• An equestrian riding helmet is designed to protect all around the head – the forehead, just above the ears and around the back of the head. Compare this to a bicycle helmet designed to protect mainly the front of the head. For this reason alone a bicycle helmet should never be used to protect a rider while riding a horse. Most bicycle helmets also have a lot of ventilation holes – more than riding helmets. This compromises the strength of the helmet; therefore bicycle helmets are not strong enough to protect a rider’s head from a serious blow.
  • Motorcycle helmets are heavy and hard to see out of. They are not designed for riding a horse either. They are designed to protect a head from a much more severe impact. This means they won’t crush the same way a riding helmet will. This leaves the rider at risk of jarring the head from an impact that would otherwise be protected with the appropriate headgear.
How to fit a helmet
  • Riding helmets come in many different shapes, sizes and colours. While they all protect the same way, they are becoming more comfortable to wear and more stylish for different riding disciplines and personal tastes.
  • Regardless of price, all approved helmets protect to the same degree assuming they fit properly.
  • Try on as many different helmets as you can to determine which ones fit you the best. The better it feels, the more likely you are to wear it. Some helmets come with a sizing dial which can change the size as a young rider grows.
  • The helmet should sit just above the rider’s eyebrows and fit snuggly all around the head, with no pressure points. If you wiggle the helmet gently, the skin on the forehead should move with it. Minimal padding should be used, if any, to adjust the fit of the helmet. If the helmet sits too high on the head (doesn’t sit down just above the ears) then the helmet is too small. If the helmet wiggles around on the head or can be knocked down on the bridge of the nose, it’s too big. Find the next size up or down, or if the helmet is adjustable, adjust accordingly.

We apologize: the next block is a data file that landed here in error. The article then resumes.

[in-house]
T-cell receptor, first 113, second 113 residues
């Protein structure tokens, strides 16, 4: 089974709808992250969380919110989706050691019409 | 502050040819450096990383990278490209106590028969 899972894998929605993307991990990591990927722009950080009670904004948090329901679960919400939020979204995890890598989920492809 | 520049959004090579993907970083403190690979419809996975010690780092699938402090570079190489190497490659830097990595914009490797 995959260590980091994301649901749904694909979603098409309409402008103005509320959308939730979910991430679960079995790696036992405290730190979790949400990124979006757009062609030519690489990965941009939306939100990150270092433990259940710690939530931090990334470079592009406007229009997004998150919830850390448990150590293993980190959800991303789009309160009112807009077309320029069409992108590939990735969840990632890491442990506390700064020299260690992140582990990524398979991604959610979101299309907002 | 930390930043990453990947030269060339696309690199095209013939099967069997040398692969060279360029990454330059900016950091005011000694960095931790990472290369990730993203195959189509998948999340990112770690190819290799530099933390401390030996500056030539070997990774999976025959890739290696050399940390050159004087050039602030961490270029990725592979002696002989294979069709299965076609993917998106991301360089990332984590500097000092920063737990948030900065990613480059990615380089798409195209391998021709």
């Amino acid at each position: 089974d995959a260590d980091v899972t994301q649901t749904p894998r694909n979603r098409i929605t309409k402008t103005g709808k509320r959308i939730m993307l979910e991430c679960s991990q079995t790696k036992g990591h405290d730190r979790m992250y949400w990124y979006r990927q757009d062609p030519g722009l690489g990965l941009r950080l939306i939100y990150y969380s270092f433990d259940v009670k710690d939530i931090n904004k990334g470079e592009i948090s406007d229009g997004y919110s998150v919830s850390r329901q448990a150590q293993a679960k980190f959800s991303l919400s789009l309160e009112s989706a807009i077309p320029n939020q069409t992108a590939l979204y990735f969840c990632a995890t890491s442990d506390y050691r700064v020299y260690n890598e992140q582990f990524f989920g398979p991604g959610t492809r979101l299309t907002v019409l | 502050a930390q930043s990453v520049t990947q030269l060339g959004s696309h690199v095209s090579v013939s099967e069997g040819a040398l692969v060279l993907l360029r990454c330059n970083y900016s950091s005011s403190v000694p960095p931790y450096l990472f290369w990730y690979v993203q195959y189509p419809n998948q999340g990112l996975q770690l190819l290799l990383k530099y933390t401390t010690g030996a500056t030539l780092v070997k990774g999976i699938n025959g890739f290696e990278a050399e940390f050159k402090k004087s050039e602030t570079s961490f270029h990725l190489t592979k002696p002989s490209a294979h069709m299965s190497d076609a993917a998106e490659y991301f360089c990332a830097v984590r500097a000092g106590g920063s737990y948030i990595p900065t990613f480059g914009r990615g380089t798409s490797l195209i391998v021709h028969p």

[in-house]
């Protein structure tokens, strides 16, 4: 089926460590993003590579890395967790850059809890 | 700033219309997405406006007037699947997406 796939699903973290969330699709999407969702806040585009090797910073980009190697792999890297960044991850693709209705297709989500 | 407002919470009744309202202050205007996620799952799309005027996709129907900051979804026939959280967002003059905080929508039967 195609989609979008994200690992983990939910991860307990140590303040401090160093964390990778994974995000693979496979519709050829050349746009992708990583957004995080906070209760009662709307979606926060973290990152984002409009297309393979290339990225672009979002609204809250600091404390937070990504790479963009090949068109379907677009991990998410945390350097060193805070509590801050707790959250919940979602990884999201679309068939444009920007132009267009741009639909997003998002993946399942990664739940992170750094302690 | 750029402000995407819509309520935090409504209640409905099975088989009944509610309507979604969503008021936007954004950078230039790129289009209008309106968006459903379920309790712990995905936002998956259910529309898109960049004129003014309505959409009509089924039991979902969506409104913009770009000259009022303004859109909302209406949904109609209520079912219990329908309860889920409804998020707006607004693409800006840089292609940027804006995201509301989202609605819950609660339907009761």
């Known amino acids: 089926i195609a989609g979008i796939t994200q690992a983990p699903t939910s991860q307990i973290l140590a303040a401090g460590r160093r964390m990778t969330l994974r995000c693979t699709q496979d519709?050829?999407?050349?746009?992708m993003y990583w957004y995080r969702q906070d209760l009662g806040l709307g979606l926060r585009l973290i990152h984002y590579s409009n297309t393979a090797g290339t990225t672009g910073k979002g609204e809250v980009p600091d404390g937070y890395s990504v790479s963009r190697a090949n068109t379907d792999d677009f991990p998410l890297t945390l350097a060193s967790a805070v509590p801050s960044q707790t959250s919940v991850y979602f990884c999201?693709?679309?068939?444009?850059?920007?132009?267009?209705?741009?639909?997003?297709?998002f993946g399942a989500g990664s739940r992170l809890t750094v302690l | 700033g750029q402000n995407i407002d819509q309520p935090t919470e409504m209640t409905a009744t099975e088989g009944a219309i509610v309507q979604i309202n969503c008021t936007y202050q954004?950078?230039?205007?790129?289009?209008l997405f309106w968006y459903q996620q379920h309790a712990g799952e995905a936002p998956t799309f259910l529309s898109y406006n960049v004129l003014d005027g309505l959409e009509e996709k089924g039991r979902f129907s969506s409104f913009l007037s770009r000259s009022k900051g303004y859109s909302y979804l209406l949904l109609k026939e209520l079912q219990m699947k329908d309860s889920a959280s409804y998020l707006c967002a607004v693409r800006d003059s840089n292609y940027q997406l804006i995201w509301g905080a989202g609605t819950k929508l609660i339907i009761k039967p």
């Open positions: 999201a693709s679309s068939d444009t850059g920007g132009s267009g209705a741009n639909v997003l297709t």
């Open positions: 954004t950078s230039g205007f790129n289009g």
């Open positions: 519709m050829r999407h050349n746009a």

• The chin strap or harness should fit snug but not be too tight. The rider should be able to talk comfortably, but the chin strap should catch if the rider were to open the mouth as if yawning.
How to care for a helmet
  • Keep your helmet out of direct sunshine, as ultraviolet rays will destroy the Styrofoam over time.
  • Never use chemicals to clean your helmet as some solvents will destroy the Styrofoam over time.
  • There are helmet cleaning and odour-absorbing products available at most tack stores to keep your helmet clean, fresh and bacteria-free.
  • Never put your helmet in a hot environment such as the back window of a vehicle or near a direct heat source to dry. This will destroy the Styrofoam over time.
  • Never drop your helmet or put it in a place that it may fall.
  • It’s best to store your helmet in a suitable bag or container to protect it from elements.
  • Once a helmet has protected a head from a blow, it must not be used again. It should be discarded, regardless of how recently it was manufactured.
  • Some helmet manufacturers will issue a discount to riders who need to replace their helmets. Keep all receipts and purchased information in a safe place in case you need to use this offer.

More information - Safety Up on Equestrian Helmets fact sheet
How to choose an equestrian helmet that's right for you
 
 
 
 
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For more information about the content of this document, contact Kenda Lubeck.
This information published to the web on March 8, 2011.
Last Reviewed/Revised on April 28, 2016.